BIG’s Miami Beach Convention Center

People / Places / May 28, 2013

A+A recently interviewed BIG’s project leader Leon Rost about its proposed convention center in the heart of Miami Beach, to be developed in partnership with West 8, Fentress, JPA and developers Portman CMC.  The plan seeks to roll out an urban fabric of paths and plazas, parks and gardens, forming an archipelago of urban oases throughout the site, with a central square to become the pivoting point of the entire neighborhood.

How many square feet is the project?

The site is 52 acres with 2.4 million SF of built area, including renovations of existing convention center space and Gleason theater.

How many volumes?

There are 6 buildings – the Convention Center/Hotel, the Botanical Ballroom, Meridian Village (4 small scale residential buildings), a new Museum for Latin American Culture, a new Jackie Gleason Center for the Performing Arts, and a renovated 17th St garage and restaurant.

How are they connected?

The campus is connected by Miami Beach Square – a flexible public space accommodating multiple programs that becomes the focal point of the site, which also organizes the main axes through the site. The existing city hall also finds itself in front of the square –effectively coloring the square as a town square – to create a new civic heart for Miami Beach.

The intent of the design?

Our intent was to use the opportunity of a new convention center to create a new publicly accessible neighborhood and amenity not just for the 5-days-a-year convention goer but for the 365-days-a-year resident.

The inspiration?

We were inspired by the existing culture, climate, and urbanism of Miami Beach: pedestrian-oreinted public space, shaded by Art Deco canopies and tropical vegetation, and ground-level activity invigorated by Latin American culture and an emerging art scene. This is prevalent throughout Miami Beach except for at the convention center. Our goal was simply to bring Miami Beach back to the convention center.

The challenges in making it happen?

The convention center and surrounding sea of asphalt creates a black hole in the middle of a vibrant community. The challenge was stitching together the surroundings through the site, and turning obstacle into opportunity.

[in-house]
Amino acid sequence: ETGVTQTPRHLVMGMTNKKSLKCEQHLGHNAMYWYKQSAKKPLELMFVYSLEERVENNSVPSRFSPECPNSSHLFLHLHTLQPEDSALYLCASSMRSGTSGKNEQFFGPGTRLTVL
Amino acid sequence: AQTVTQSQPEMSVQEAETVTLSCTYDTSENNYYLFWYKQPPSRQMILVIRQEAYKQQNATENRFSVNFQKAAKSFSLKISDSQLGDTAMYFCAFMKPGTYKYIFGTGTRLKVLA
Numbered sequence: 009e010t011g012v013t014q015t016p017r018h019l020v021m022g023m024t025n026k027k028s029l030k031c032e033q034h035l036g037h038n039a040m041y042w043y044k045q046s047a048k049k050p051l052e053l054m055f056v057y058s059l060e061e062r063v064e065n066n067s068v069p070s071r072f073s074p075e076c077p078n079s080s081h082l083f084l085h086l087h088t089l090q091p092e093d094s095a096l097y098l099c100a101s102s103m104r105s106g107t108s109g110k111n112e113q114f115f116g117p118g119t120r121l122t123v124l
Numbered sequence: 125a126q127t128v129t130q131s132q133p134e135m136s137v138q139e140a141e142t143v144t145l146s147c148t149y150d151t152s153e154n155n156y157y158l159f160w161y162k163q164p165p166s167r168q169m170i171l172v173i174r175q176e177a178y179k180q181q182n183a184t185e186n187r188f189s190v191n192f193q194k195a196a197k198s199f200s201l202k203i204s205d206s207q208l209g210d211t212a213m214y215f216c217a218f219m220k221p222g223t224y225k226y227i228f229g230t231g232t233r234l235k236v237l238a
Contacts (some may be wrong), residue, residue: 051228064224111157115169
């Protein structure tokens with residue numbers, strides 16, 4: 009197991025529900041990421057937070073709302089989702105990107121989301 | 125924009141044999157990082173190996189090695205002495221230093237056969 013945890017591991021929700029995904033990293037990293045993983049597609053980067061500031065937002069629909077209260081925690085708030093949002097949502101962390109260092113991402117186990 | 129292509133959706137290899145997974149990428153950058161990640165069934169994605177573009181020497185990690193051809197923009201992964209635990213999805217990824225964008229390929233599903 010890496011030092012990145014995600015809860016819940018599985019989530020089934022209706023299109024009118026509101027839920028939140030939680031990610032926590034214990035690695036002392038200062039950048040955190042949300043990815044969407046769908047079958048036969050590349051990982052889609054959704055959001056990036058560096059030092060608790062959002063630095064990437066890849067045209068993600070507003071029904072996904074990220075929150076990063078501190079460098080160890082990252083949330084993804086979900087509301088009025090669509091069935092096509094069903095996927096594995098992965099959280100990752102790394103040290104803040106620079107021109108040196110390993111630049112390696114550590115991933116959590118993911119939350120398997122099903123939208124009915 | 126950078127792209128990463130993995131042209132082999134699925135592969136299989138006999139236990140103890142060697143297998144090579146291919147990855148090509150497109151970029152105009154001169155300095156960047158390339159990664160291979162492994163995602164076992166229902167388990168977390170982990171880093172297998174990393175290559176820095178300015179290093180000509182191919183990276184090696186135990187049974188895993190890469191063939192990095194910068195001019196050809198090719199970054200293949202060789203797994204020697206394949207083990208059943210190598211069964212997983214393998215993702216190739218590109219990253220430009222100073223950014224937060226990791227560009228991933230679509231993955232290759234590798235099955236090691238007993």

What will its impact be on Miami Beach?

The convention center site is arguably the last big missing puzzle piece of Miami Beach. Increased shaded connections though the site will mean more people walking and less traffic. Our proposal gives more money back to the city for public works such as public transportation. By investing millions in art and culture – such as a curated Art Roof, Museum for Latin American Culture, and a new Gleason Performing Arts Center – we will ensure Miami Beach’s place in the future of international art and culture. An upgraded convention center means more high-quality conventions and less consumer shows, to bring greater economic prosperity to Miami Beach.

On the future of design there?

Miami Beach is a city that values high-quality design as is evident in recent developments and upcoming projects. It also sits geographically and economically at the bridge of the Americas. It is also the home of Art Basel and a thriving arts scene. Let’s not forget about paradisical weather and beaches which make it a destination in its own right. This combination secures a promising future for design in Miami Beach.

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Michael Welton
I write about architecture, art, and design for national and international publications. I am the author of "Drawing from Practice: Architects and the Meaning of Freehand" (Routledge, 2015), and the former architecture critic for the News & Observer in Raleigh, N.C.




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